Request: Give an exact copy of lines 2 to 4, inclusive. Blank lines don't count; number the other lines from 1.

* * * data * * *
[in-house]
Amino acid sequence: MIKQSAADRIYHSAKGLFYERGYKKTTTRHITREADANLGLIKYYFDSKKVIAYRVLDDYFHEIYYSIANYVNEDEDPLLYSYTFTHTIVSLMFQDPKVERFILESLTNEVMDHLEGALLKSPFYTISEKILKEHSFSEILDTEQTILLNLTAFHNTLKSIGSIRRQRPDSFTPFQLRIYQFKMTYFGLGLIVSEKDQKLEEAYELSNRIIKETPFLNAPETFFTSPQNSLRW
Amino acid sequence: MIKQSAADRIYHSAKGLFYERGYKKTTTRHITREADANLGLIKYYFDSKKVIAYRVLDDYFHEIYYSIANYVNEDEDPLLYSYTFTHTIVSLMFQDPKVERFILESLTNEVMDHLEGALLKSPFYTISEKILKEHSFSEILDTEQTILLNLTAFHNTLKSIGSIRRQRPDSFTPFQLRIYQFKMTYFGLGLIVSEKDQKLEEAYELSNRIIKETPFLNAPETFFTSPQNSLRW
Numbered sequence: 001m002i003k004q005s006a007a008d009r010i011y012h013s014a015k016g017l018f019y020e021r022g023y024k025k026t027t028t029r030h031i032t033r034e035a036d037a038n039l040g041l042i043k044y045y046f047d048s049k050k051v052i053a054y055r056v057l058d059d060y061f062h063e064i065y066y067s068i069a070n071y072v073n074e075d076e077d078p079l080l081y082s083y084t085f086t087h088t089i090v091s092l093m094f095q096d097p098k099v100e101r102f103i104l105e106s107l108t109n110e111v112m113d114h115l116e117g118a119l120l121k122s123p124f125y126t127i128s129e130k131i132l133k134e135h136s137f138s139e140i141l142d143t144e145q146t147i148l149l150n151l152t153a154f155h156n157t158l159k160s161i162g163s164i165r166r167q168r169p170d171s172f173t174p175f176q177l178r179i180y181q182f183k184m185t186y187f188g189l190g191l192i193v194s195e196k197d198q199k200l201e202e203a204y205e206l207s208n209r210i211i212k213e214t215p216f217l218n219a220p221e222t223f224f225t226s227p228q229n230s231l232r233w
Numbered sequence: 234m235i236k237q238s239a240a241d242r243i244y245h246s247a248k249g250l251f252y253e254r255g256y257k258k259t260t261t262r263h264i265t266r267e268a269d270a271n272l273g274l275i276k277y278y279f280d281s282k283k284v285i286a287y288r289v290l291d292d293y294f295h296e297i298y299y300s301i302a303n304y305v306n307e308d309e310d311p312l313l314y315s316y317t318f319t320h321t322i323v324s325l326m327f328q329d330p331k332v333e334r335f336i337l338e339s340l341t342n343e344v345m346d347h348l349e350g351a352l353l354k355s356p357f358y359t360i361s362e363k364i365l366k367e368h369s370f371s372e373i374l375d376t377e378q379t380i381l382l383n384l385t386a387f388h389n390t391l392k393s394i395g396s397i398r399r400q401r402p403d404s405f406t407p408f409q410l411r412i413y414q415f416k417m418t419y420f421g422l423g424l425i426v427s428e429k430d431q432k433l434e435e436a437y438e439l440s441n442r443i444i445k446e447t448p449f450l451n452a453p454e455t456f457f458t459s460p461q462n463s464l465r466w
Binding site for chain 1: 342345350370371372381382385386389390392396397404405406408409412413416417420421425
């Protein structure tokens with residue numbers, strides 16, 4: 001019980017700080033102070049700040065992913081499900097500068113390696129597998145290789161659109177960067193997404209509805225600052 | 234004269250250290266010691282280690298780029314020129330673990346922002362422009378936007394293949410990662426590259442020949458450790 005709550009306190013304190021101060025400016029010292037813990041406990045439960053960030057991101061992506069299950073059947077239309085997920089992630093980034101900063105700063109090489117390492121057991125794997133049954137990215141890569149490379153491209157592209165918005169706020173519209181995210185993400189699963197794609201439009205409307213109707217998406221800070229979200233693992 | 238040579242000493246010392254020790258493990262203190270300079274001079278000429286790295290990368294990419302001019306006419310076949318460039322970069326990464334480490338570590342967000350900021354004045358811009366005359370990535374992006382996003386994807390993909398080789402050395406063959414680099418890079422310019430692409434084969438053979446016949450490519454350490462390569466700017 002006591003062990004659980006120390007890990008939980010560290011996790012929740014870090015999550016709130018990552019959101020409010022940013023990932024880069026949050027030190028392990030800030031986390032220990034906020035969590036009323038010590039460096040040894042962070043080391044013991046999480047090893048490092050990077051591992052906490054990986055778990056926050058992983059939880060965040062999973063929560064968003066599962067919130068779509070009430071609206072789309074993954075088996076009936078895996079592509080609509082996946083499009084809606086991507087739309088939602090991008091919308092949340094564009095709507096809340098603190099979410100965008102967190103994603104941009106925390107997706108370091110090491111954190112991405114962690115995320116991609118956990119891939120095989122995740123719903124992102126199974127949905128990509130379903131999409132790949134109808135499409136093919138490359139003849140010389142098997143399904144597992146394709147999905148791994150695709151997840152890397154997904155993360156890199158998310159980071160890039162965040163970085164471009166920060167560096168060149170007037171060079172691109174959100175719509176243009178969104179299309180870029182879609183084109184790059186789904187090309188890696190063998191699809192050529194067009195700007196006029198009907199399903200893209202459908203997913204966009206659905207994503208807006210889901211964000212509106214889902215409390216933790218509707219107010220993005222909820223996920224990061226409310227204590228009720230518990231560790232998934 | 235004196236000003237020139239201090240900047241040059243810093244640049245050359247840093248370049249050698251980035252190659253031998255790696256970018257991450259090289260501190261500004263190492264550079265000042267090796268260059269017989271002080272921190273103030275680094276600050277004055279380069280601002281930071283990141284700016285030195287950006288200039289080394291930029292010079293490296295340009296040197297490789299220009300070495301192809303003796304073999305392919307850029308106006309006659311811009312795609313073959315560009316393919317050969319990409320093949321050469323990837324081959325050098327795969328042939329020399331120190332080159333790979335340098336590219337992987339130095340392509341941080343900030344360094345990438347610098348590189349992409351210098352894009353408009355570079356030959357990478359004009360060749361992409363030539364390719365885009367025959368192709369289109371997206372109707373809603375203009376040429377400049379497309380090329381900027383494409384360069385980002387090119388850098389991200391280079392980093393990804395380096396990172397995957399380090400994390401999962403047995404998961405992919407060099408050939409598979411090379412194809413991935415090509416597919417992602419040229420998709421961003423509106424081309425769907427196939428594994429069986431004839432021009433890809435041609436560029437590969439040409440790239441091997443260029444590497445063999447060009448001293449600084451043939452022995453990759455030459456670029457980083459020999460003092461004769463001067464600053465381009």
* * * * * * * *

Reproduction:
Amino acid sequence: MIKQSAADRIYHSAKGLFYERGYKKTTTRHITREADANLGLIKYYFDSKKVIAYRVLDDYFHEIYYSIANYVNEDEDPLLYSYTFTHTIVSLMFQDPKVERFILESLTNEVMDHLEGALLKSPFYTISEKILKEHSFSEILDTEQTILLNLTAFHNTLKSIGSIRRQRPDSFTPFQLRIYQFKMTYFGLGLIVSEKDQKLEEAYELSNRIIKETPFLNAPETFFTSPQNSLRW
Amino acid sequence: MIKQSAADRIYHSAKGLFYERGYKKTTTRHITREADANLGLIKYYFDSKKVIAYRVLDDYFHEIYYSIANYVNEDEDPLLYSYTFTHTIVSLMFQDPKVERFILESLTNEVMDHLEGALLKSPFYTISEKILKEHSFSEILDTEQTILLNLTAFHNTLKSIGSIRRQRPDSFTPFQLRIYQFKMTYFGLGLIVSEKDQKLEEAYELSNRIIKETPFLNAPETFFTSPQNSLRW
Numbered sequence: 001m002i003k004q005s006a007a008d009r010i011y012h013s014a015k016g017l018f019y020e021r022g023y024k025k026t027t028t029r030h031i032t033r034e035a036d037a038n039l040g041l042i043k044y045y046f047d048s049k050k051v052i053a054y055r056v057l058d059d060y061f062h063e064i065y066y067s068i069a070n071y072v073n074e075d076e077d078p079l080l081y082s083y084t085f086t087h088t089i090v091s092l093m094f095q096d097p098k099v100e101r102f103i104l105e106s107l108t109n110e111v112m113d114h115l116e117g118a119l120l121k122s123p124f125y126t127i128s129e130k131i132l133k134e135h136s137f138s139e140i141l142d143t144e145q146t147i148l149l150n151l152t153a154f155h156n157t158l159k160s161i162g163s164i165r166r167q168r169p170d171s172f173t174p175f176q177l178r179i180y181q182f183k184m185t186y187f188g189l190g191l192i193v194s195e196k197d198q199k200l201e202e203a204y205e206l207s208n209r210i211i212k213e214t215p216f217l218n219a220p221e222t223f224f225t226s227p228q229n230s231l232r233w